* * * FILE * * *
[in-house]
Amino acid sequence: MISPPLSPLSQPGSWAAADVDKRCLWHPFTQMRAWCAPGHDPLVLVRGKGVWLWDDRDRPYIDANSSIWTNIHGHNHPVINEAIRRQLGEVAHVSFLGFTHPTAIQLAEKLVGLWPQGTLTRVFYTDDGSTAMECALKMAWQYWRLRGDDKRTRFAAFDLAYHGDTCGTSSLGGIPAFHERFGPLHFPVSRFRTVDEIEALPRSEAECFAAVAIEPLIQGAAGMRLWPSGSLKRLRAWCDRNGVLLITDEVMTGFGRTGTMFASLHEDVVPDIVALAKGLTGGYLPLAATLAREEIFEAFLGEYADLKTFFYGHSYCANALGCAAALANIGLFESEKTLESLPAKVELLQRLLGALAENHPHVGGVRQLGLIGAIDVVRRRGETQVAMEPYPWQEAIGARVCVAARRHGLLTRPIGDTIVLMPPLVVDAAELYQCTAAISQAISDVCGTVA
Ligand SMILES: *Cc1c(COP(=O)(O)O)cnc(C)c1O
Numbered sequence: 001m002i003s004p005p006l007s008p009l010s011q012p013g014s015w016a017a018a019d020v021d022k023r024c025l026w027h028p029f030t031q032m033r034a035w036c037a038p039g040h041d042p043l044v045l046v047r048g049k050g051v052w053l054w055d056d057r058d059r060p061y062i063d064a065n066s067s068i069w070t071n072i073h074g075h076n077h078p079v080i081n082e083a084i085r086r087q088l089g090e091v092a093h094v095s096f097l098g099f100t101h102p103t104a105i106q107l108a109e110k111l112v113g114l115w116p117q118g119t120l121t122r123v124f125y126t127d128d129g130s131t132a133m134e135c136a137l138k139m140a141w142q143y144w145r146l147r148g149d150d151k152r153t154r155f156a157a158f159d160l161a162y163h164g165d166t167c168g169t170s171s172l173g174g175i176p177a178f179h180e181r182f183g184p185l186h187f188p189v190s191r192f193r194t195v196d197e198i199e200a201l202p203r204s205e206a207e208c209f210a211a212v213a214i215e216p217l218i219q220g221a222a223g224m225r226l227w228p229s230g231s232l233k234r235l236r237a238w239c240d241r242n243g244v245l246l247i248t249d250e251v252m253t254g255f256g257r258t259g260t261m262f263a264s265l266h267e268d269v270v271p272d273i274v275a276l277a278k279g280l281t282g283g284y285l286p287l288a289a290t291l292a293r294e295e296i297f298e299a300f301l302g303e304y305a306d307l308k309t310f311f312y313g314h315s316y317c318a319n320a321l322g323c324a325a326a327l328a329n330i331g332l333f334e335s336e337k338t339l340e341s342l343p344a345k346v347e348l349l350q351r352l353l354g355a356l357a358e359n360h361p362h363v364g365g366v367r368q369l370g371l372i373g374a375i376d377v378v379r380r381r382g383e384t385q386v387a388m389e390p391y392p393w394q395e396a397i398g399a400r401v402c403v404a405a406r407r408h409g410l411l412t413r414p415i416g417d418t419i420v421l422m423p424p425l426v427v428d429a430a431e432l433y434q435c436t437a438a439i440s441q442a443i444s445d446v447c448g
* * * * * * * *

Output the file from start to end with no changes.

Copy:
[in-house]
Amino acid sequence: MISPPLSPLSQPGSWAAADVDKRCLWHPFTQMRAWCAPGHDPLVLVRGKGVWLWDDRDRPYIDANSSIWTNIHGHNHPVINEAIRRQLGEVAHVSFLGFTHPTAIQLAEKLVGLWPQGTLTRVFYTDDGSTAMECALKMAWQYWRLRGDDKRTRFAAFDLAYHGDTCGTSSLGGIPAFHERFGPLHFPVSRFRTVDEIEALPRSEAECFAAVAIEPLIQGAAGMRLWPSGSLKRLRAWCDRNGVLLITDEVMTGFGRTGTMFASLHEDVVPDIVALAKGLTGGYLPLAATLAREEIFEAFLGEYADLKTFFYGHSYCANALGCAAALANIGLFESEKTLESLPAKVELLQRLLGALAENHPHVGGVRQLGLIGAIDVVRRRGETQVAMEPYPWQEAIGARVCVAARRHGLLTRPIGDTIVLMPPLVVDAAELYQCTAAISQAISDVCGTVA
Ligand SMILES: *Cc1c(COP(=O)(O)O)cnc(C)c1O
Numbered sequence: 001m002i003s004p005p006l007s008p009l010s011q012p013g014s015w016a017a018a019d020v021d022k023r024c025l026w027h028p029f030t031q032m033r034a035w036c037a038p039g040h041d042p043l044v045l046v047r048g049k050g051v052w053l054w055d056d057r058d059r060p061y062i063d064a065n066s067s068i069w070t071n072i073h074g075h076n077h078p079v080i081n082e083a084i085r086r087q088l089g090e091v092a093h094v095s096f097l098g099f100t101h102p103t104a105i106q107l108a109e110k111l112v113g114l115w116p117q118g119t120l121t122r123v124f125y126t127d128d129g130s131t132a133m134e135c136a137l138k139m140a141w142q143y144w145r146l147r148g149d150d151k152r153t154r155f156a157a158f159d160l161a162y163h164g165d166t167c168g169t170s171s172l173g174g175i176p177a178f179h180e181r182f183g184p185l186h187f188p189v190s191r192f193r194t195v196d197e198i199e200a201l202p203r204s205e206a207e208c209f210a211a212v213a214i215e216p217l218i219q220g221a222a223g224m225r226l227w228p229s230g231s232l233k234r235l236r237a238w239c240d241r242n243g244v245l246l247i248t249d250e251v252m253t254g255f256g257r258t259g260t261m262f263a264s265l266h267e268d269v270v271p272d273i274v275a276l277a278k279g280l281t282g283g284y285l286p287l288a289a290t291l292a293r294e295e296i297f298e299a300f301l302g303e304y305a306d307l308k309t310f311f312y313g314h315s316y317c318a319n320a321l322g323c324a325a326a327l328a329n330i331g332l333f334e335s336e337k338t339l340e341s342l343p344a345k346v347e348l349l350q351r352l353l354g355a356l357a358e359n360h361p362h363v364g365g366v367r368q369l370g371l372i373g374a375i376d377v378v379r380r381r382g383e384t385q386v387a388m389e390p391y392p393w394q395e396a397i398g399a400r401v402c403v404a405a406r407r408h409g410l411l412t413r414p415i416g417d418t419i420v421l422m423p424p425l426v427v428d429a430a431e432l433y434q435c436t437a438a439i440s441q442a443i444s445d446v447c448g